Yesterday, the New York Times reported that “Twenty Years Later, Buying a House Is Less of a Bite.” Two points on this:
1. It’s a macro-level article and points out that housing on the coasts is not necessarily a deal:
In high-profile places like New York and Los Angeles, home to many of the people who study and write about real estate, families buying their first home often must spend more than half of their income on mortgage payments, far more than they once did. But the places that have become less affordable over the last generation account for only a quarter of the country’s population.
2. They entirely ignore the fact that 20 years later, most things are cheaper. For instance: food, beer, wine, appliances, computers, telephone service, and so on. Some things, particularly services, have become more expensive, but the most important thing when you’re talking about the relative cost of houses, rent, is still cheap. An older article from the New York Times points this out:
In the Bay Area of California, a typical family that buys a $1 million house – which is average in some towns – will spend about $5,000 a month to live there, according to the Times analysis. The family could rent a similar house for about $2,500, real estate records show, and could pay part of that bill with the interest earned by the money that was not used for a down payment.
Seattle is not the Bay Area, but owning here is still much more expensive than owning in Dallas. I think this fits with anecdotes about buying rental properties. Twenty years ago, it was fairly easy to buy a rental property in the Seattle area and have the rent pay for repairs and the payments; you could earn equity for the cost of finding tenants. Today, the search to find a property like that is a challenge.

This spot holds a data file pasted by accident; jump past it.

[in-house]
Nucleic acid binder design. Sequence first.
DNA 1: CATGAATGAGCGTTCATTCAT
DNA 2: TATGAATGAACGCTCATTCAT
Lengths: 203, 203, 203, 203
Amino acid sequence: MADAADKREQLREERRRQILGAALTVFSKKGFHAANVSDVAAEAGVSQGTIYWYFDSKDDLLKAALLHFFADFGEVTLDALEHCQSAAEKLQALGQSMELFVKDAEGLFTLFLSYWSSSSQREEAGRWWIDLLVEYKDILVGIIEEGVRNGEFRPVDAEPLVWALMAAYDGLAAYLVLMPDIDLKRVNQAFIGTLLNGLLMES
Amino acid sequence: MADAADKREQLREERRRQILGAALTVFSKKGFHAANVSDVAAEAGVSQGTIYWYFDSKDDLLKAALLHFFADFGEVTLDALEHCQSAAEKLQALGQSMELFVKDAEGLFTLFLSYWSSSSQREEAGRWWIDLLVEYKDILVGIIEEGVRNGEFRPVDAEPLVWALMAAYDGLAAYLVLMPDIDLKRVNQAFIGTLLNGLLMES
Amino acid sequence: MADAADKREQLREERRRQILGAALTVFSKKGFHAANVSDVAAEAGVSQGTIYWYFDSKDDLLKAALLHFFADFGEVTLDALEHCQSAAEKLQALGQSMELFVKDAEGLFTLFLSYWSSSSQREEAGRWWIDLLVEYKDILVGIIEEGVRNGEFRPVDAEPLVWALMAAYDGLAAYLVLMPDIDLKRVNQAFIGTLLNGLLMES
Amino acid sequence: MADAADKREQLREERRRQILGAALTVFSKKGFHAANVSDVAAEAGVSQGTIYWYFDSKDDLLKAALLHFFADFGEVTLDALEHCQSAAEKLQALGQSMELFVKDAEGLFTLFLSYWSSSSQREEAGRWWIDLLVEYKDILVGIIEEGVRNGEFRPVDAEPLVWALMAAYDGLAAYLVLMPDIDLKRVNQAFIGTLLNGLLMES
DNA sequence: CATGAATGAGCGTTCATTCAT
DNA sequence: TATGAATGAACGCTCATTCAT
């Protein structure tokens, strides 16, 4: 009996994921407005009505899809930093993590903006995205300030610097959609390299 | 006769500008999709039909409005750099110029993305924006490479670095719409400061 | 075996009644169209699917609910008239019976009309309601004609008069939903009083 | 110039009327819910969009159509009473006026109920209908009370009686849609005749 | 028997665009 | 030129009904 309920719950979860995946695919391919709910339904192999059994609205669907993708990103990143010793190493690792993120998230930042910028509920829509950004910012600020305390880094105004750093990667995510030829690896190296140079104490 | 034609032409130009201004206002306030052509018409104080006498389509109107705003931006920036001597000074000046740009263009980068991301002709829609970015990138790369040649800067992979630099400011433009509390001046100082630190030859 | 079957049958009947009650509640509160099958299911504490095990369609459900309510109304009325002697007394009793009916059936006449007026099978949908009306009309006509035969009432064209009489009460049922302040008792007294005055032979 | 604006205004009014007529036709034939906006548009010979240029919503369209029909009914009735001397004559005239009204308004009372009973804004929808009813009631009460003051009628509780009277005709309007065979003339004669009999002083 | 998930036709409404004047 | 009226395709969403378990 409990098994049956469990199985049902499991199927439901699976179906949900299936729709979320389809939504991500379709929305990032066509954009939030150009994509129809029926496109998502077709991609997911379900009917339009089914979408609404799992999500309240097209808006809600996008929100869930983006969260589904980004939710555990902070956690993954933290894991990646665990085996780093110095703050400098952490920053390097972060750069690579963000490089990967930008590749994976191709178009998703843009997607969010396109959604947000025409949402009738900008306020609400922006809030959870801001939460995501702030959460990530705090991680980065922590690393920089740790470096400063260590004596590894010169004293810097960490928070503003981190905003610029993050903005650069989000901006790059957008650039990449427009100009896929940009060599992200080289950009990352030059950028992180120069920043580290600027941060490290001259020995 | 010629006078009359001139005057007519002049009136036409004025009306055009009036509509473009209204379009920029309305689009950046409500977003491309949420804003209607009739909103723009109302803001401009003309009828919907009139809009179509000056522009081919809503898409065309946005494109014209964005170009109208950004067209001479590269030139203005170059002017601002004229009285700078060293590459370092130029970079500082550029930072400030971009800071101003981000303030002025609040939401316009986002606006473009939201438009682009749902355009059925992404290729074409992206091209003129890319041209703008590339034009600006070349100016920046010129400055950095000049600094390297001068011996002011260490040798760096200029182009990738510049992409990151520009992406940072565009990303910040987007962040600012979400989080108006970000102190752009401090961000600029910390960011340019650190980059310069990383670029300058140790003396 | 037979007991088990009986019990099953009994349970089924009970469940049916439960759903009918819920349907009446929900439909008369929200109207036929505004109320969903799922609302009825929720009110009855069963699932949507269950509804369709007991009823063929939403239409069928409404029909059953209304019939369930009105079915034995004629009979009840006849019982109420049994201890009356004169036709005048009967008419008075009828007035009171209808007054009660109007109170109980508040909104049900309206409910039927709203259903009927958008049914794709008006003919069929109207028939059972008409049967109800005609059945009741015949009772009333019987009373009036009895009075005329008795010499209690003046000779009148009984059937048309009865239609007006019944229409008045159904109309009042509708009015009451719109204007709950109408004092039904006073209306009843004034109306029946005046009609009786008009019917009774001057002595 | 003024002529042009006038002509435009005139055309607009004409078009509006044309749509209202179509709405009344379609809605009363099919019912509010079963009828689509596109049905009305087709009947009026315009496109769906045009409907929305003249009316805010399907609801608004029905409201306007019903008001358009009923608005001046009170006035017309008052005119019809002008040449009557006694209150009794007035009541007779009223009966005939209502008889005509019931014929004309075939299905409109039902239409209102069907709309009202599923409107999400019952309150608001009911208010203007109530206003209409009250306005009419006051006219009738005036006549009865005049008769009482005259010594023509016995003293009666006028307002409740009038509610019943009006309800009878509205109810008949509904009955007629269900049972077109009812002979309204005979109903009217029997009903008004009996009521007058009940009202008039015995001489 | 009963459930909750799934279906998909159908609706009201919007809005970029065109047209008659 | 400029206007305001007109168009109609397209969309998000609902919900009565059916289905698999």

So will house prices plummet or flat-line this year? I don’t think anyone can say. A lot of people seem to be betting on increasing prices (they are still buying rental properties), however I believe that the stock market is beginning to bet against builders because they fear an over-supply of housing. My advice: If you have above 50/50 odds of staying in the same house for 10-20 years (unlike most Americans), you should definitely buy. If you can’t save money to save your life, maybe you should buy because your home could serve as a sort of inefficient savings scheme (again assuming you won’t sell right away). If you really value owning a home, buy one. Just don’t expect prices to continue increasing at the same rate as they have over the last 5 years. And don’t get an interest only loan!